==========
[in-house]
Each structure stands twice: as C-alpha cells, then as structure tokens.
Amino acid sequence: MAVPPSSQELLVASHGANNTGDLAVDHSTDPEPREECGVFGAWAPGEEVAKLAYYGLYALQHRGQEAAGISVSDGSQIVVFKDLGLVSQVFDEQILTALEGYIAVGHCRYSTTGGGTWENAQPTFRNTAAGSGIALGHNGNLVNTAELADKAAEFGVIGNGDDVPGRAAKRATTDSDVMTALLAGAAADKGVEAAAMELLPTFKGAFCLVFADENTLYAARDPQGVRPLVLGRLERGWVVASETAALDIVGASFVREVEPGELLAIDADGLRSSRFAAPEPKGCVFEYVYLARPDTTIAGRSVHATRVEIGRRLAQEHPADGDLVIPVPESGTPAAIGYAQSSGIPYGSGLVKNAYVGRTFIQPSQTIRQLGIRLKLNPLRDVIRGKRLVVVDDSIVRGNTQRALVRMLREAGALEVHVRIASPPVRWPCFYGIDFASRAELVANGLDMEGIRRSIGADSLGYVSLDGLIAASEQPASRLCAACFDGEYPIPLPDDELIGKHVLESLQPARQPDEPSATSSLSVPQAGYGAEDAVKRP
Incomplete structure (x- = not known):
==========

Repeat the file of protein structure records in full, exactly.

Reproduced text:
[in-house]
Each structure stands twice: as C-alpha cells, then as structure tokens.
Amino acid sequence: MAVPPSSQELLVASHGANNTGDLAVDHSTDPEPREECGVFGAWAPGEEVAKLAYYGLYALQHRGQEAAGISVSDGSQIVVFKDLGLVSQVFDEQILTALEGYIAVGHCRYSTTGGGTWENAQPTFRNTAAGSGIALGHNGNLVNTAELADKAAEFGVIGNGDDVPGRAAKRATTDSDVMTALLAGAAADKGVEAAAMELLPTFKGAFCLVFADENTLYAARDPQGVRPLVLGRLERGWVVASETAALDIVGASFVREVEPGELLAIDADGLRSSRFAAPEPKGCVFEYVYLARPDTTIAGRSVHATRVEIGRRLAQEHPADGDLVIPVPESGTPAAIGYAQSSGIPYGSGLVKNAYVGRTFIQPSQTIRQLGIRLKLNPLRDVIRGKRLVVVDDSIVRGNTQRALVRMLREAGALEVHVRIASPPVRWPCFYGIDFASRAELVANGLDMEGIRRSIGADSLGYVSLDGLIAASEQPASRLCAACFDGEYPIPLPDDELIGKHVLESLQPARQPDEPSATSSLSVPQAGYGAEDAVKRP
Incomplete structure (x- = not known):